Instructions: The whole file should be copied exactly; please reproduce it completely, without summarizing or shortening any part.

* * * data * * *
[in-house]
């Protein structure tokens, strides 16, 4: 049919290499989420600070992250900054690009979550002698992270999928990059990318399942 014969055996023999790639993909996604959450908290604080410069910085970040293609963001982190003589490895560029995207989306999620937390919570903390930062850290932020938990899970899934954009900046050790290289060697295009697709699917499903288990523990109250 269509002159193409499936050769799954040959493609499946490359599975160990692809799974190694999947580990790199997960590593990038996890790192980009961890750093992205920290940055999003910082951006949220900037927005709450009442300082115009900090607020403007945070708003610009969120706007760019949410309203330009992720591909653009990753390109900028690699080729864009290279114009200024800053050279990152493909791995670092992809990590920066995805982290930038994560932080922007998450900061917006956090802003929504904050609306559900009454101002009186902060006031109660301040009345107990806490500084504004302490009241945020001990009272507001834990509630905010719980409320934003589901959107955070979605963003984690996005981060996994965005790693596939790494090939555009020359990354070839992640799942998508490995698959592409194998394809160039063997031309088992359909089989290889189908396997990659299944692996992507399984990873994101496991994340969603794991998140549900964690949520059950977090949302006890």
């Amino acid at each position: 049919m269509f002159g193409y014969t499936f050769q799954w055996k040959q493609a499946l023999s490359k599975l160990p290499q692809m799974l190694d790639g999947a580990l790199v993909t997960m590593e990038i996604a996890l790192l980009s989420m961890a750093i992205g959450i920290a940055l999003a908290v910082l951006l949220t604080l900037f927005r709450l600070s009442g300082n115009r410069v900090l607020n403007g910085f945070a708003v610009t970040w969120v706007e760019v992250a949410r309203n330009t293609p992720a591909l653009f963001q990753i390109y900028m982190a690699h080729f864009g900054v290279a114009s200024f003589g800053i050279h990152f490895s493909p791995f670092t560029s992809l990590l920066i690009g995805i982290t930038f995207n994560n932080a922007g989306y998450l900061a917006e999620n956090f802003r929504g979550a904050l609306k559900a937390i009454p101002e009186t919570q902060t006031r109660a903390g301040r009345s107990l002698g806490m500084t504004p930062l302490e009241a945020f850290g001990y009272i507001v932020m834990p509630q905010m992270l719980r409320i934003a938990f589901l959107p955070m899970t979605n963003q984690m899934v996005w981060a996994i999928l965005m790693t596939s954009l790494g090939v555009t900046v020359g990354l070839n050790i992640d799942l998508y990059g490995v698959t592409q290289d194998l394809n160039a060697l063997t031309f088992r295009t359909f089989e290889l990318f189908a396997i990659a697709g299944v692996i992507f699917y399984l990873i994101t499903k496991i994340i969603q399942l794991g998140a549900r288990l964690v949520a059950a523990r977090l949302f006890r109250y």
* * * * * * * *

[in-house]
């Protein structure tokens, strides 16, 4: 049919290499989420600070992250900054690009979550002698992270999928990059990318399942 014969055996023999790639993909996604959450908290604080410069910085970040293609963001982190003589490895560029995207989306999620937390919570903390930062850290932020938990899970899934954009900046050790290289060697295009697709699917499903288990523990109250 269509002159193409499936050769799954040959493609499946490359599975160990692809799974190694999947580990790199997960590593990038996890790192980009961890750093992205920290940055999003910082951006949220900037927005709450009442300082115009900090607020403007945070708003610009969120706007760019949410309203330009992720591909653009990753390109900028690699080729864009290279114009200024800053050279990152493909791995670092992809990590920066995805982290930038994560932080922007998450900061917006956090802003929504904050609306559900009454101002009186902060006031109660301040009345107990806490500084504004302490009241945020001990009272507001834990509630905010719980409320934003589901959107955070979605963003984690996005981060996994965005790693596939790494090939555009020359990354070839992640799942998508490995698959592409194998394809160039063997031309088992359909089989290889189908396997990659299944692996992507399984990873994101496991994340969603794991998140549900964690949520059950977090949302006890």
């Amino acid at each position: 049919m269509f002159g193409y014969t499936f050769q799954w055996k040959q493609a499946l023999s490359k599975l160990p290499q692809m799974l190694d790639g999947a580990l790199v993909t997960m590593e990038i996604a996890l790192l980009s989420m961890a750093i992205g959450i920290a940055l999003a908290v910082l951006l949220t604080l900037f927005r709450l600070s009442g300082n115009r410069v900090l607020n403007g910085f945070a708003v610009t970040w969120v706007e760019v992250a949410r309203n330009t293609p992720a591909l653009f963001q990753i390109y900028m982190a690699h080729f864009g900054v290279a114009s200024f003589g800053i050279h990152f490895s493909p791995f670092t560029s992809l990590l920066i690009g995805i982290t930038f995207n994560n932080a922007g989306y998450l900061a917006e999620n956090f802003r929504g979550a904050l609306k559900a937390i009454p101002e009186t919570q902060t006031r109660a903390g301040r009345s107990l002698g806490m500084t504004p930062l302490e009241a945020f850290g001990y009272i507001v932020m834990p509630q905010m992270l719980r409320i934003a938990f589901l959107p955070m899970t979605n963003q984690m899934v996005w981060a996994i999928l965005m790693t596939s954009l790494g090939v555009t900046v020359g990354l070839n050790i992640d799942l998508y990059g490995v698959t592409q290289d194998l394809n160039a060697l063997t031309f088992r295009t359909f089989e290889l990318f189908a396997i990659a697709g299944v692996i992507f699917y399984l990873i994101t499903k496991i994340i969603q399942l794991g998140a549900r288990l964690v949520a059950a523990r977090l949302f006890r109250y």